Demographic dissimilarity and absenteeism in blue-collar teams
"Diversity" is a central buzzword in business and labour-related vocabulary, functioning as either a mark of distinction or open flank of today's employers. Many people believe it is sufficient to hire a small number of currently under-represented groups such as women in classic "male" professions, older employees in young teams (or the reverse, of course). The initially uncomfortable situation makes everybody reflect on and abandon their prejudice, leading to a burst of creativity and productivity in the now "diverse" team. But is this way of bringing diversity to the workplace a recipe for success?
This is the question that Florian Kunze and his Ph.D. student Max Reinwald set out to answer. They want to understand how teamwork is implemented in today's work environments, and how it can be improved given a better understanding of the dynamics in diversely composed teams. This is a topic of high academic interest that has yielded dozens of pertinent studies.
"Unfortunately, much of the work done to date has resulted in unclear or even conflicting statements," Reinwald says. "For instance, some studies have found that male-dominated teams function more effectively once one or two women join them, but others have found the opposite, while others could not find a significant effect either way. It is quite hard to form an opinion based on current results. And all the while, there is this sure conviction that diversity is automatically of benefit to companies."
Reinwald and Kunze are skeptical about this popular conclusion, which is based on little evidence. They believe that the existing studies' inconsistencies might have their roots in the fact that most only focus on one point in time, instead of observing the workplace behavior of employees who do not fit their teams demographically over time.
Looking to change this, the two researchers set out to observe more than 800 teams in a big Swiss-based service company over the course of seven years—a study of rarely attempted length and scope. They focused on the gender and age of new employees, two easily perceived characteristics that are prone to invite prejudice. Reinwald and Kunze's hypothesis: The more unequal a new team member, the earlier and the more easily they will find themselves in situations where they will be subject to discrimination. These so-called anchoring events then go on to shape the subjects' perceptions of teamwork for years to come.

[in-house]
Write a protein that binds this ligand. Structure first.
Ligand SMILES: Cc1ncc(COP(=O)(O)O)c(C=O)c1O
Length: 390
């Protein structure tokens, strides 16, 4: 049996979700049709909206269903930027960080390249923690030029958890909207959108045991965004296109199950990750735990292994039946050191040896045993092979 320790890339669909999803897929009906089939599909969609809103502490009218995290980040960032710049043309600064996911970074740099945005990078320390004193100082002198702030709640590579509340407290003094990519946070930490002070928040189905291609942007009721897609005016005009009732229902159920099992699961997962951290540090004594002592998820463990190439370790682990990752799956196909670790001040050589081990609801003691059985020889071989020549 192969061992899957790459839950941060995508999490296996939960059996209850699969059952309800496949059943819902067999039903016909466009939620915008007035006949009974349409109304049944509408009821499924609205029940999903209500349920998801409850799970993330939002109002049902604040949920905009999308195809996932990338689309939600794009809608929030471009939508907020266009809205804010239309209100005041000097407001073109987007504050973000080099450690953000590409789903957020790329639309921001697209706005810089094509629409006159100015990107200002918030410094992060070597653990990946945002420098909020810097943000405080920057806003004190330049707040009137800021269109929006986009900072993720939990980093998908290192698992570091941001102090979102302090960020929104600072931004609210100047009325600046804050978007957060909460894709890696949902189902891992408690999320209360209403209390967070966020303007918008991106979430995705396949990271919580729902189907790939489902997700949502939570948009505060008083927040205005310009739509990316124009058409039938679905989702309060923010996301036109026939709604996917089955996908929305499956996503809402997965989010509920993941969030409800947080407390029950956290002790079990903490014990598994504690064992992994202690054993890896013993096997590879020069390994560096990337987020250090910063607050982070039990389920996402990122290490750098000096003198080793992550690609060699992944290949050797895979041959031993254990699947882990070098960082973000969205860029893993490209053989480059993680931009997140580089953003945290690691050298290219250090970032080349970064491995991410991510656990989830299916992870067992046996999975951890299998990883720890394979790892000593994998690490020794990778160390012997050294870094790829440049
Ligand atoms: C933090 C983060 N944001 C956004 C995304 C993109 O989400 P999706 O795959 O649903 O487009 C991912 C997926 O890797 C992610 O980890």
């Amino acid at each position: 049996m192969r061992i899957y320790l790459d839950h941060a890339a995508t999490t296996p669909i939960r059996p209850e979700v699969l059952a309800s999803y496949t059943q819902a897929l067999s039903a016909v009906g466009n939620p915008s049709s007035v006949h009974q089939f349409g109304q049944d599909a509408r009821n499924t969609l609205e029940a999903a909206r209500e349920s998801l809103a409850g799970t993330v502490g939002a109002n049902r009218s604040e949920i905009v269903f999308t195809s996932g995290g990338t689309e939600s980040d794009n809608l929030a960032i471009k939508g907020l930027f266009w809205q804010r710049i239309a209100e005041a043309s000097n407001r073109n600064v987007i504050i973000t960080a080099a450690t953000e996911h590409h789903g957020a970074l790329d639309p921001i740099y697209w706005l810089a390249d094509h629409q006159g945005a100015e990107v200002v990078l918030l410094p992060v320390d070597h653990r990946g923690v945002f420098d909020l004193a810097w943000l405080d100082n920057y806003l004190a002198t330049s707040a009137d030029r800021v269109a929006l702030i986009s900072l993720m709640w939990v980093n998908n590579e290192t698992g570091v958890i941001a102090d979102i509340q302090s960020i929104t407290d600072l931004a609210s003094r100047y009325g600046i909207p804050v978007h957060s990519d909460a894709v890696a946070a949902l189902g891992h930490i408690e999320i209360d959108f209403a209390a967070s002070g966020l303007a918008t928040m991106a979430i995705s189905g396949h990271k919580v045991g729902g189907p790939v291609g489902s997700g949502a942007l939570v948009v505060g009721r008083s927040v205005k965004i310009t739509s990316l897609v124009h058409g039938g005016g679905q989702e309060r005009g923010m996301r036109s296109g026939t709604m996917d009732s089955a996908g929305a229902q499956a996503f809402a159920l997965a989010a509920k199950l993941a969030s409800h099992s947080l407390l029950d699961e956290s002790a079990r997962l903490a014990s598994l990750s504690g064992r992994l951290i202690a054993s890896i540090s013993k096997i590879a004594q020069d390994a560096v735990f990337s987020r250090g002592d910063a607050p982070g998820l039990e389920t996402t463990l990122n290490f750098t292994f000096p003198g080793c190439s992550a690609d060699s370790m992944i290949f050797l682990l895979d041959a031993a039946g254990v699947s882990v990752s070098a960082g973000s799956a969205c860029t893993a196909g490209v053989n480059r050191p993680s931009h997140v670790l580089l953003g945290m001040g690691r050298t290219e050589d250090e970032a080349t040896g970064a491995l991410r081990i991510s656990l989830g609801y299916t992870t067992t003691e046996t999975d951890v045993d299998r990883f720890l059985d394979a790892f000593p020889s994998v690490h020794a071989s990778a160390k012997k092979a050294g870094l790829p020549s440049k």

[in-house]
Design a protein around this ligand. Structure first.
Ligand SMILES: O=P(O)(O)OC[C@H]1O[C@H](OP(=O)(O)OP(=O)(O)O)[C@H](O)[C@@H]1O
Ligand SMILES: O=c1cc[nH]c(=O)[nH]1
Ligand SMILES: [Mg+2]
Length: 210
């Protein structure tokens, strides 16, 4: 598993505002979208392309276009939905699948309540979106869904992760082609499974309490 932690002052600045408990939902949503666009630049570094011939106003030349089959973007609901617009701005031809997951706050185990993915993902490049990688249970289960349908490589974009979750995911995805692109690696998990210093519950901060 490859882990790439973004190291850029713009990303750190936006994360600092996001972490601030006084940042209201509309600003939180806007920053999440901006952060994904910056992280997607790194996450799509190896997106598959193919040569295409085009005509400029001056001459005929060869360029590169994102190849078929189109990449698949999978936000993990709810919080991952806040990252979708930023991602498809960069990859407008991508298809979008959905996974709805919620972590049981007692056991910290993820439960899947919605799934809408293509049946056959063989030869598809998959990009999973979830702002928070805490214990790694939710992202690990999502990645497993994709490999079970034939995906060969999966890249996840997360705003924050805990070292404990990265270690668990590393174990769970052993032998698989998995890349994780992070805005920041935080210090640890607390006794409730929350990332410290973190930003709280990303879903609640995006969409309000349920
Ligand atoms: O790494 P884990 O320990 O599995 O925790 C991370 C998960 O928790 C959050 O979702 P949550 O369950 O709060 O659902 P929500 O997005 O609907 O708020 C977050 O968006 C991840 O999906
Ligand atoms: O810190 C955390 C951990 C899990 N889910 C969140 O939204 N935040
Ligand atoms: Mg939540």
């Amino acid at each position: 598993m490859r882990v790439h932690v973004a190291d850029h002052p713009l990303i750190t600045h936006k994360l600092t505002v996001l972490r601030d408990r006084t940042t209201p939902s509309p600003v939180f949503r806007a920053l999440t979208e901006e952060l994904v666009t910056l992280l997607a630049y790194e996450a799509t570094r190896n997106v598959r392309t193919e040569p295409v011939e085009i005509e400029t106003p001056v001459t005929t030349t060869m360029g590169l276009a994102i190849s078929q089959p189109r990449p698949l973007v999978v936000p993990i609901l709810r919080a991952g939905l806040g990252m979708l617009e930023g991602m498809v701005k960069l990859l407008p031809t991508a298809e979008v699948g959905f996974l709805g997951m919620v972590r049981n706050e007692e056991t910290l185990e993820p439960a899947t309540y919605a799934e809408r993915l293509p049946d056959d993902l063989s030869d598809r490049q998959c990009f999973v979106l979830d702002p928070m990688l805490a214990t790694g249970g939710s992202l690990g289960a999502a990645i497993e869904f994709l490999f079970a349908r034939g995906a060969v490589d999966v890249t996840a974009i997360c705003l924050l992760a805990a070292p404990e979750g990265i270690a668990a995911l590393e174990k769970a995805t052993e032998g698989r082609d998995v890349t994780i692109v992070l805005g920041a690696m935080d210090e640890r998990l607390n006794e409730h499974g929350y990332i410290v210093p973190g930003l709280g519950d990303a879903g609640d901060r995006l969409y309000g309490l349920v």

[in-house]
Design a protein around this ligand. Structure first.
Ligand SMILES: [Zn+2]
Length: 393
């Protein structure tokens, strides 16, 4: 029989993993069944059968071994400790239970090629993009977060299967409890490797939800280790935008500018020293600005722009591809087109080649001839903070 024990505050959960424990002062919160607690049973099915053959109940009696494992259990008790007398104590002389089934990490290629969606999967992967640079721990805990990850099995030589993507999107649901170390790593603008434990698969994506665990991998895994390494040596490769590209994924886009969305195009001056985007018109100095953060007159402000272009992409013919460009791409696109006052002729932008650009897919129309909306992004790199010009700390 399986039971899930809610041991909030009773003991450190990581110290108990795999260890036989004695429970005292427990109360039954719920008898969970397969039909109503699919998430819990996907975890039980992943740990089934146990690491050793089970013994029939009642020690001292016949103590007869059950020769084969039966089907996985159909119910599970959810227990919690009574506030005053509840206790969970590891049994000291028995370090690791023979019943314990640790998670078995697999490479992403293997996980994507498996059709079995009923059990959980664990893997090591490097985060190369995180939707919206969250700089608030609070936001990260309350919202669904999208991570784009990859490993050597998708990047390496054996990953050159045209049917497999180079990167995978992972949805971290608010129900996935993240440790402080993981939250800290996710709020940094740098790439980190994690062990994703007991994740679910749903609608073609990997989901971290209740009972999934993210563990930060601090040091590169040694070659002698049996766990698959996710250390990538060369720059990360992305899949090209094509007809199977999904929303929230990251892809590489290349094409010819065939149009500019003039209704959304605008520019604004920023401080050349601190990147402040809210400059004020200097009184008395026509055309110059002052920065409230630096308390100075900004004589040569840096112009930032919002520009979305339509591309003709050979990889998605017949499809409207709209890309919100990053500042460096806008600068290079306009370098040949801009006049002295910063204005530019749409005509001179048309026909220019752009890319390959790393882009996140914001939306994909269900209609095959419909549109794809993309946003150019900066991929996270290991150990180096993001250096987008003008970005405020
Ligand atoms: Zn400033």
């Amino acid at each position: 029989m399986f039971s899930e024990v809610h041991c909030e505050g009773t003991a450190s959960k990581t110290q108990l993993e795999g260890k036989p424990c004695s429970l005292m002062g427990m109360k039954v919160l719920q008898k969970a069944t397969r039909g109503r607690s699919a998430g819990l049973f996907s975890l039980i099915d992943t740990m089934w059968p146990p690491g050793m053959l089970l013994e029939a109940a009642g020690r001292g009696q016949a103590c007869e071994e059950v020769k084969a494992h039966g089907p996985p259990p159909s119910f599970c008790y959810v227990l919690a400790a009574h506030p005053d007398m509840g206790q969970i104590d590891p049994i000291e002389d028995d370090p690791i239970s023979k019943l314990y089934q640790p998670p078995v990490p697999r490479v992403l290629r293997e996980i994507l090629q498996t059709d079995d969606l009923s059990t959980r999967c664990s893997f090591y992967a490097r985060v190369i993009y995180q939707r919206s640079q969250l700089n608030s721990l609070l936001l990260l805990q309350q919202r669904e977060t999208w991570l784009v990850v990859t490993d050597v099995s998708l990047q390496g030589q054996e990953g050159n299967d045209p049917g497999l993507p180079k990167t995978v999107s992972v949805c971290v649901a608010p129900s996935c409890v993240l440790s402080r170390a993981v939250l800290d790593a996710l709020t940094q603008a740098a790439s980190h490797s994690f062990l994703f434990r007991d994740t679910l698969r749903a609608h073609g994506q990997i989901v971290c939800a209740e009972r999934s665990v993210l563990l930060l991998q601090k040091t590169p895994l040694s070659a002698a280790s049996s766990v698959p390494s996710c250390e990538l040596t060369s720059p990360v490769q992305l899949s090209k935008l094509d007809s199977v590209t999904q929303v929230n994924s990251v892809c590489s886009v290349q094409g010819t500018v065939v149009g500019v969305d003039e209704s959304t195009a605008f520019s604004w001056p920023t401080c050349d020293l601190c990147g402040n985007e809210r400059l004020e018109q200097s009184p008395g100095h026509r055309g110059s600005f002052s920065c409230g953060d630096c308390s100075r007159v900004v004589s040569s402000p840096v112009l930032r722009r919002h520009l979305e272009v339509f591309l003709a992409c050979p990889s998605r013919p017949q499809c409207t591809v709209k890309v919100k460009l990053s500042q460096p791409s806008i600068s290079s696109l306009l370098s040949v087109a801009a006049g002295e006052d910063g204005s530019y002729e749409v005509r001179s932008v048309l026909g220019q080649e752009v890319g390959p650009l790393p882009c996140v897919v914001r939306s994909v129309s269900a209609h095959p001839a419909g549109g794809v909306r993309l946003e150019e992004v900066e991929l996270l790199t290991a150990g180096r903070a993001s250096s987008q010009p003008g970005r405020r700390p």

To measure dissatisfaction and lack of integration, the researchers counted absences from work (except regular holidays, training, mother's leave etc.). They expected more dissimilar team members to accrue more days of absence.
"We evaluated 2,711 persons in total: date of team entry, team composition, team swaps, absenteeism—all completely anonymously, of course," Kunze reports. "The trend is pretty obvious. During their first year on a new team, new members remain inconspicuous regardless of their fit. But after that, the curve rises, and quite steeply, in many cases. After a few years, women in purely male teams, and older employees in very young teams are absent almost twice as much as their colleagues in teams where they have a good fit. It comes down to about eight annual days of absence compared to four, which is pretty significant."
Reinwald says, "Of course non-average team members don't automatically and constantly skip work. We have not been looking into individual workloads and performance, or into individual work biographies—that remains for a follow-up study to tackle. Moreover, our study is limited to a blue-collar environment, where prejudices towards women and older co-workers are more pronounced. But all in all, I think we can safely draw the conclusion that women in male-dominated, as well as older employees in younger environments, experience more discrimination. And this experience of discrimination increases over time."
Reinwald and Kunze hope that their results will give companies and organizations looking to increase diversity some pointers on how to do so successfully. Employees that do not fit their teams demographically require increased attention and support, especially when just starting out—and team leaders ought to be sensitized to and prepared for these needs. This way, negative anchoring events and instances of discrimination can be mitigated. Companies might want to keep that in mind if only for selfish reasons: after all, a badly integrated employee can easily net them losses in the four-figure range each year, for no good reason at all.